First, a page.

The Rhode Island Department of Health (RIDOH) and the Rhode Island Department of Environmental Management (DEM) recommend lifting the advisory restricting recreational activities at Georgiaville Pond in Smithfield. The advisory was put in place because of high levels of blue-green algae, also known as cyanobacteria.
Recent consecutive surveys and sample analysis confirmed that blue-green algae has been present but at acceptably low levels and that cyanotoxin is not present in detectable concentrations.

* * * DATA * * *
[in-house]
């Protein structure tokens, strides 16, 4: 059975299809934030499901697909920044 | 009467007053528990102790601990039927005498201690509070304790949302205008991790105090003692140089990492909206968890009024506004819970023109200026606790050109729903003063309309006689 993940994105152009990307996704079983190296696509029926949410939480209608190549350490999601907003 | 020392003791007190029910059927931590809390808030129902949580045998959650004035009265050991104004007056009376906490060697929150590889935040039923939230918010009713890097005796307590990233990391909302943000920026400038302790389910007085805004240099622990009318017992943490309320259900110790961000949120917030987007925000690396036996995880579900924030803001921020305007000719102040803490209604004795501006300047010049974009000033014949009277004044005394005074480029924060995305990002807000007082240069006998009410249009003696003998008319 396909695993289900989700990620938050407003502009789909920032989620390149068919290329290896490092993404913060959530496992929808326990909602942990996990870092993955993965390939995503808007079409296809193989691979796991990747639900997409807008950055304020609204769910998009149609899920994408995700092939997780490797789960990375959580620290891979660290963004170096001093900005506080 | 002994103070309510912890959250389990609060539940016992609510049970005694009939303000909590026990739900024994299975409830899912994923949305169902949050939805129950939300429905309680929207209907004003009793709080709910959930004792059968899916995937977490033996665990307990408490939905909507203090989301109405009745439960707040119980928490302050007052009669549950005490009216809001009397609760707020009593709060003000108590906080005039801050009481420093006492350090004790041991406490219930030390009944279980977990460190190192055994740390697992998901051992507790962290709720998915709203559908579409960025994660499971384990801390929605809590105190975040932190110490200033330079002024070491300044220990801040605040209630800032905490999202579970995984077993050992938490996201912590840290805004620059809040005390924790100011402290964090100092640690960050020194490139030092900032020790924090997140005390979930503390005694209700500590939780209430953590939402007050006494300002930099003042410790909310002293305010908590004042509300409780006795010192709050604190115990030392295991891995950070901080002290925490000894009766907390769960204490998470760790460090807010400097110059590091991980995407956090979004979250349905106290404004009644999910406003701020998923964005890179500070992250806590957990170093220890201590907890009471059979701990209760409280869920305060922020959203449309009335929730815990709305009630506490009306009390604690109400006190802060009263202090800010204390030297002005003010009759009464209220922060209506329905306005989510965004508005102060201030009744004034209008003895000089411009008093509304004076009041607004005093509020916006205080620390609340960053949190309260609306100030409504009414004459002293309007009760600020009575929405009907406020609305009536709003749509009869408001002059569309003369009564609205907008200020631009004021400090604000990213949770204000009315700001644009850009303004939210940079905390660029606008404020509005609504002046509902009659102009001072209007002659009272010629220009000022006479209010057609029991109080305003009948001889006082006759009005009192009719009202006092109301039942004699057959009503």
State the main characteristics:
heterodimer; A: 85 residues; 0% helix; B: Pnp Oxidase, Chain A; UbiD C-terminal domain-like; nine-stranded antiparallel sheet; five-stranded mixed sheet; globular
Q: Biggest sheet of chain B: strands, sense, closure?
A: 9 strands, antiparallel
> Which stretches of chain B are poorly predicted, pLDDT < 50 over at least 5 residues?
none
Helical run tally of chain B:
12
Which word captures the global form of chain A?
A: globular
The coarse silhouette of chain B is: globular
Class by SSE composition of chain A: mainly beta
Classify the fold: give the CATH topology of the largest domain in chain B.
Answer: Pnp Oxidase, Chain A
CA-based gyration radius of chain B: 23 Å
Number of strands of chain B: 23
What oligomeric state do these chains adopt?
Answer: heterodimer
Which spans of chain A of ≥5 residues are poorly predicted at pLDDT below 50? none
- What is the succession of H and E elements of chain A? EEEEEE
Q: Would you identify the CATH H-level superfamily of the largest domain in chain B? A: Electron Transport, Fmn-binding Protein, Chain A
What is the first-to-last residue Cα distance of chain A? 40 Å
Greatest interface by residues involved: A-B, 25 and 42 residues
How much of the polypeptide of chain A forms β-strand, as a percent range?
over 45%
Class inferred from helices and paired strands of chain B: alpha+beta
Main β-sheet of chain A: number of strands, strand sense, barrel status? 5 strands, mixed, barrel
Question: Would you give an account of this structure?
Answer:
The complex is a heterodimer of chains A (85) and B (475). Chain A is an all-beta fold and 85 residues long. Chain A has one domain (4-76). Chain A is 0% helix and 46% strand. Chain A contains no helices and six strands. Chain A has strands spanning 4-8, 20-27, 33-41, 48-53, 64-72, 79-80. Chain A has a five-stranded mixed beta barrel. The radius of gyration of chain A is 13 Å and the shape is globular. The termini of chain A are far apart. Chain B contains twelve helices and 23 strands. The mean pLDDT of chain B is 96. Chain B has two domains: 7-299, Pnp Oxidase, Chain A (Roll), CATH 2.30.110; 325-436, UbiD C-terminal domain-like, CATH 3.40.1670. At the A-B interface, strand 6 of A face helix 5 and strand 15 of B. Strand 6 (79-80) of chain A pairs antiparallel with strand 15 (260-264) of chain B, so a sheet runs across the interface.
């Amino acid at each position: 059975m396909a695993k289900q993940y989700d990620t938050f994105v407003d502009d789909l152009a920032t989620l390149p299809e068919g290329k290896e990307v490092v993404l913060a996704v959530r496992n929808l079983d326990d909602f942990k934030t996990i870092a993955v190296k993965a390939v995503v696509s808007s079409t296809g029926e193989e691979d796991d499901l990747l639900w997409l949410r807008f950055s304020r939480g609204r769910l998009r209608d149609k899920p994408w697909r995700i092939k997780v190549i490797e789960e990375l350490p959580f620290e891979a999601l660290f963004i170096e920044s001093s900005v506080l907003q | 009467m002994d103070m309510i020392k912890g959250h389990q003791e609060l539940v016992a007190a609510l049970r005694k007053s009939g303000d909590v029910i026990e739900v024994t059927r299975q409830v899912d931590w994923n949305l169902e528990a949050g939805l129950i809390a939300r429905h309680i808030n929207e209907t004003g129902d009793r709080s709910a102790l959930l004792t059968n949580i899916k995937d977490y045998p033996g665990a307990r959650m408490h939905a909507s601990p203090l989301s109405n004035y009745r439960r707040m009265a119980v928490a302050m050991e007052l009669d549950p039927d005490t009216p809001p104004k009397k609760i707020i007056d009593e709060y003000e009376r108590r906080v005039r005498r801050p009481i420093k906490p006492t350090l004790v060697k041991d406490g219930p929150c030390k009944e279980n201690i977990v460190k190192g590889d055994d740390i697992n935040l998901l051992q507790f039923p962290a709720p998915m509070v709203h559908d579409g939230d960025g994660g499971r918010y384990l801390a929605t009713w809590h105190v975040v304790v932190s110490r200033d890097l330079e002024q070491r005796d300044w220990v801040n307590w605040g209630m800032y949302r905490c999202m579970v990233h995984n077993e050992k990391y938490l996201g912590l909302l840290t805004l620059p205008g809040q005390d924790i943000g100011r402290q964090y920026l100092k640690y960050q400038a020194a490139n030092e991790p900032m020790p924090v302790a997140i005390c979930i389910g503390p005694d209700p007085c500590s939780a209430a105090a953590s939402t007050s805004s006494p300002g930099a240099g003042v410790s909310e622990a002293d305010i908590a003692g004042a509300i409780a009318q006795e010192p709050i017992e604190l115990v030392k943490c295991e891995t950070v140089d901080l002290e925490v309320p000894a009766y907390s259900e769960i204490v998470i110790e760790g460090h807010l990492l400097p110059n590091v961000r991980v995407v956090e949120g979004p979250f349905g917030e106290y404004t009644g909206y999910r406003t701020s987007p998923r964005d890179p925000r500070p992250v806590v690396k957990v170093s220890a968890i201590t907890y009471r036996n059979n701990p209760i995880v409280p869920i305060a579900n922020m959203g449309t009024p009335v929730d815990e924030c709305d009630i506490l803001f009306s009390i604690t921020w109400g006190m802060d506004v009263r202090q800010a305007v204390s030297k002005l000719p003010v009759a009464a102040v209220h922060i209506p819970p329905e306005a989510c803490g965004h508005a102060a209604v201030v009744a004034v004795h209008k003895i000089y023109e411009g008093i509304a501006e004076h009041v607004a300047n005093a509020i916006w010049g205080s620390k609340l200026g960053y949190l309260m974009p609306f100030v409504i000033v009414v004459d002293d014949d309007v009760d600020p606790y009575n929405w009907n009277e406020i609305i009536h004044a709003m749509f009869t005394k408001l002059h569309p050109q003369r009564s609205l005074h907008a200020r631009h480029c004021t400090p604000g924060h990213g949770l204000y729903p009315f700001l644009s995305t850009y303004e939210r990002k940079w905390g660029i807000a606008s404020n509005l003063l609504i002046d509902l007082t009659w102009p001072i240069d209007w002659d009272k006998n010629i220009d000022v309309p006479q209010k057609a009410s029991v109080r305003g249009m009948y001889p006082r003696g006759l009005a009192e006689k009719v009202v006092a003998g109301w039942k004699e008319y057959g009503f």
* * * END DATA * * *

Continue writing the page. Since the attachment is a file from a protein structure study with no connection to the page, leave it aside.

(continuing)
Blue-green algae conditions can change quickly, and it is possible that blooms may affect Georgiaville Pond again, or other waterbodies in Rhode Island. The public should avoid contact with any body of water that is bright green or has a dense, floating algal mat on the water's surface. Blue-green algae blooms may look like green paint or thick pea soup. Toxins may persist in the water after a blue-green algae bloom is no longer visible.
To report suspected blue-green algae blooms, contact RIDEM's Office of Water Resources at 222-4700 or DEM.OWRCyano@dem.ri.gov